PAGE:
Adam Jones first since 2005 with five RBI, two steals in a game

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It’s a very rare combination and one that was very profitable for those fortunate enough to own him in fantasy leagues; Adam Jones knocked in five runs and stole two bases Saturday in Baltimore’s 8-4 win over Oakland.

Jones had a three-run homer off Jason Hammel in the first inning and then a two-run single in the fourth. Both times, he drove in Nick Markakis and Steve Pearce, the two guys hitting ahead of him in the Baltimore lineup. Those two reached base safely eight tiems in all.

Jones’ steals came after the single in the fourth and after he reached on a fielder’s choice in the seventh. It was just the third two-steal game of his career; he entered with a total of four steals this season.

That made Jones the first player since the Pirates’ Matt Lawton in 2005 to amass five RBI and two steals in the same game. Lawton did it in a 16-2 win over the Diamondbacks. Carlos Guillen is the other player to accomplish it since 2000, driving in six (without the benefit of a homer) and stealing two bases for the Tigers in an 11-10 defeat of the Mariners in 2004.

In all, 23 players since 1914 have had five RBI and two steals in a game. Rogers Hornsby, Mickey Mantle, Mickey Cochrane and Gary Sheffield are some other famous names to pull it off. Oddly enough, Dante Bichette did it twice two years apart for the Rockies. Both games were against San Diego: a 12-7 win on June 27, 1994 and an 8-5 victory on July 11, 1996.

Two great Mariano Rivera stories

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In addition to getting unanimous support from Hall of Fame voters, Mariano Rivera’s election is getting universal praise from fans and the baseball community. I mean, at least it seems so. If you see someone out there in the wild really mad that Rivera was elected, please, let me know. But don’t approach such people. They’re probably dangerously imbalanced and might cause harm to you.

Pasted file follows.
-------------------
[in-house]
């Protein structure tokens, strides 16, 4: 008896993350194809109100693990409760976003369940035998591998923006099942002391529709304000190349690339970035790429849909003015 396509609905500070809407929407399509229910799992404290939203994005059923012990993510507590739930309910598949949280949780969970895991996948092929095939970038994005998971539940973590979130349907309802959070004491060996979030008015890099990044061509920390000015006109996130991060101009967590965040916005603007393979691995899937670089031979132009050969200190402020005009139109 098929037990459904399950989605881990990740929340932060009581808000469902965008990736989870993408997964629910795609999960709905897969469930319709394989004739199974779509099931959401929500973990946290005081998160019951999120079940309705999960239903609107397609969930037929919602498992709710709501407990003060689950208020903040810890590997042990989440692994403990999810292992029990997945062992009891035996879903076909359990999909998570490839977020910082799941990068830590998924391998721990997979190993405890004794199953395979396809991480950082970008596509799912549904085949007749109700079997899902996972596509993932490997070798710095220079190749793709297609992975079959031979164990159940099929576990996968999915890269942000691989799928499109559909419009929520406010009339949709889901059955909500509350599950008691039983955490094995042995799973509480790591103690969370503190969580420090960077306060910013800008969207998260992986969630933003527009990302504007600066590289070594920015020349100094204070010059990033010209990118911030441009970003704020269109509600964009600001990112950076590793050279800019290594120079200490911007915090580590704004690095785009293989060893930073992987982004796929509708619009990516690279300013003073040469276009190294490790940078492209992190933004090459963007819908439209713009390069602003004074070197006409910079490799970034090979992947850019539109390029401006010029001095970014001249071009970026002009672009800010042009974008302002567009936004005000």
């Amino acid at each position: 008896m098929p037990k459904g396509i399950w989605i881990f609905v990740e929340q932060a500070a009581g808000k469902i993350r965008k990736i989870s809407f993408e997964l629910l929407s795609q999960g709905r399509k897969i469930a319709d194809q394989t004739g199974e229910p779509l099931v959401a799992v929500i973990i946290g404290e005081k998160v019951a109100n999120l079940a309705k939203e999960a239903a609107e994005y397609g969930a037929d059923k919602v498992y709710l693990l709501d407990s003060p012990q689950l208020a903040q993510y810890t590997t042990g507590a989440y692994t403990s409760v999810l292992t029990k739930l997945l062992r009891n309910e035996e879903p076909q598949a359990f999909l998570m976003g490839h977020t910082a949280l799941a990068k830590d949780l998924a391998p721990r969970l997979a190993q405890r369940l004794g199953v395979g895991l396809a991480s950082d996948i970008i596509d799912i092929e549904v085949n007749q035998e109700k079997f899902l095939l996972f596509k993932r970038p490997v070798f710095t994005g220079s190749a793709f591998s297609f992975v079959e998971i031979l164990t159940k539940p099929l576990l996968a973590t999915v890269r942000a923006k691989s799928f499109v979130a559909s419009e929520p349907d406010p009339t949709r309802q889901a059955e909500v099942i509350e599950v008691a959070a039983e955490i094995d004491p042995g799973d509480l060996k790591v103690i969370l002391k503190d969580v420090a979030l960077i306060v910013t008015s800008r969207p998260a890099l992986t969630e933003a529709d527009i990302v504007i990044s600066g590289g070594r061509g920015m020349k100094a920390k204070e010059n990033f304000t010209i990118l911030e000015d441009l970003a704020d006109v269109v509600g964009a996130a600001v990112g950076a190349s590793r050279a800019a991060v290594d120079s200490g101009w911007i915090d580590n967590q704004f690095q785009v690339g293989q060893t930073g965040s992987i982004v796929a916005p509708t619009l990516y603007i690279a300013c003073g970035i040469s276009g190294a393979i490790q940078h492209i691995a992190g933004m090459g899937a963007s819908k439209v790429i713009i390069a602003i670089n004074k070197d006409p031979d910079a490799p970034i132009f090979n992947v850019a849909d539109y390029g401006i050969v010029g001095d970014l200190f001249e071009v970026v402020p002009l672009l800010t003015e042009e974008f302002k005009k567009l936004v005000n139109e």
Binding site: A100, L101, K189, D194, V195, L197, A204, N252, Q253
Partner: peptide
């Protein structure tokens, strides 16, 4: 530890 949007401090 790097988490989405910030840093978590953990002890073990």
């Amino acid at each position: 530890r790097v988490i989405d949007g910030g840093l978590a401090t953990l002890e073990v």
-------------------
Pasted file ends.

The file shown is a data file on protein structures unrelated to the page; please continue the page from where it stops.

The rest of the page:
From what we’ve seen, anyway, there is no one who doesn’t love Rivera and his election. That love has come out in the form of anecdotes people are sharing this morning. I’ve seen two that made me particularly happy. One “ha ha” happy, the other “aww” happy.

The “ha ha” comes from Michael Young, who shared the ballot with Rivera this year and whose Rangers actually beat Rivera’s Yankees in the 2010 ALCS. Not that they had much success against Mo:

Now the “aww.” It comes from Danny Burawa, who had a few major league cups of coffee after coming up in the Yankees system. From his Instagram last night:

In 2012, in the middle of my first big league spring training, I tore my oblique during a game (I wound up missing the whole season). First cuts hadn’t been made and the Yankees let me stick around to rehab with the big leaguers for a few days. The next day, after finishing my rehab, I returned to the locker room which was totally empty. I’m sitting at my locker getting ready to go home when in walks Mariano Rivera. Considering I was a nobody A-baller, I kept my eyes down on my feet and minded my own business. Next thing I know, he’s in the chair next to me, telling me his story, about failing as a starter, about an injury he had when he was younger, about how the setbacks we think are fatal usually end up as speed bumps on a longer, grander road. This is the greatest of all time, taking the time to cheer up a nobody, for no other reason than he thought it was the right thing to do. Great pitcher, greater human, congratulations Mo!

People use that “great player, better person” construction a lot. I often roll my eyes when I hear it because it’s pretty subjective and, I suspect, the “better person” part can’t be vouched for outside the subject’s friend or peer group. Doesn’t sound that way with Rivera, though. He simply sounds like a prince of a guy.